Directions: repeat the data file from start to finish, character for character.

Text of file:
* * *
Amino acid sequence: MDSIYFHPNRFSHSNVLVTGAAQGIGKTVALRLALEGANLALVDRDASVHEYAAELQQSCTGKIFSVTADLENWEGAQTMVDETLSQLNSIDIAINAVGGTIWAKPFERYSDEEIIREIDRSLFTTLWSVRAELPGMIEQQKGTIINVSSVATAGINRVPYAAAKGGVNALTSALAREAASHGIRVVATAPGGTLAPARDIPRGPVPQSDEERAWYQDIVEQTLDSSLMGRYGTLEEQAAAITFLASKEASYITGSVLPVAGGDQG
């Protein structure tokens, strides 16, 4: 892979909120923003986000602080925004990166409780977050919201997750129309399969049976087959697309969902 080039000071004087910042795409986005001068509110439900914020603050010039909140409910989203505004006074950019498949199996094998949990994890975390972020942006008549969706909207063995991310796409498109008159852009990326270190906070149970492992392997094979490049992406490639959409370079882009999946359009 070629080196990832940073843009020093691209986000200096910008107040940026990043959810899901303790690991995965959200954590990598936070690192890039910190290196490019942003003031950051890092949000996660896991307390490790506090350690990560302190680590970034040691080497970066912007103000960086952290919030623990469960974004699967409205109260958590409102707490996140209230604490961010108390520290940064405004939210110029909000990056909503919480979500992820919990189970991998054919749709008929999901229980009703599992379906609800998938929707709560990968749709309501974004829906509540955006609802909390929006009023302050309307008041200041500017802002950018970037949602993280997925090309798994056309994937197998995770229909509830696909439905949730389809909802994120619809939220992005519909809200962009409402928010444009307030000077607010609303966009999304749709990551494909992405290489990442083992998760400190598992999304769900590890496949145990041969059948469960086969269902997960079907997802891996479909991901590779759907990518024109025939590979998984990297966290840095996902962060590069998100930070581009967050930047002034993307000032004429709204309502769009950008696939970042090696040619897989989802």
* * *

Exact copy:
Amino acid sequence: MDSIYFHPNRFSHSNVLVTGAAQGIGKTVALRLALEGANLALVDRDASVHEYAAELQQSCTGKIFSVTADLENWEGAQTMVDETLSQLNSIDIAINAVGGTIWAKPFERYSDEEIIREIDRSLFTTLWSVRAELPGMIEQQKGTIINVSSVATAGINRVPYAAAKGGVNALTSALAREAASHGIRVVATAPGGTLAPARDIPRGPVPQSDEERAWYQDIVEQTLDSSLMGRYGTLEEQAAAITFLASKEASYITGSVLPVAGGDQG
């Protein structure tokens, strides 16, 4: 892979909120923003986000602080925004990166409780977050919201997750129309399969049976087959697309969902 080039000071004087910042795409986005001068509110439900914020603050010039909140409910989203505004006074950019498949199996094998949990994890975390972020942006008549969706909207063995991310796409498109008159852009990326270190906070149970492992392997094979490049992406490639959409370079882009999946359009 070629080196990832940073843009020093691209986000200096910008107040940026990043959810899901303790690991995965959200954590990598936070690192890039910190290196490019942003003031950051890092949000996660896991307390490790506090350690990560302190680590970034040691080497970066912007103000960086952290919030623990469960974004699967409205109260958590409102707490996140209230604490961010108390520290940064405004939210110029909000990056909503919480979500992820919990189970991998054919749709008929999901229980009703599992379906609800998938929707709560990968749709309501974004829906509540955006609802909390929006009023302050309307008041200041500017802002950018970037949602993280997925090309798994056309994937197998995770229909509830696909439905949730389809909802994120619809939220992005519909809200962009409402928010444009307030000077607010609303966009999304749709990551494909992405290489990442083992998760400190598992999304769900590890496949145990041969059948469960086969269902997960079907997802891996479909991901590779759907990518024109025939590979998984990297966290840095996902962060590069998100930070581009967050930047002034993307000032004429709204309502769009950008696939970042090696040619897989989802």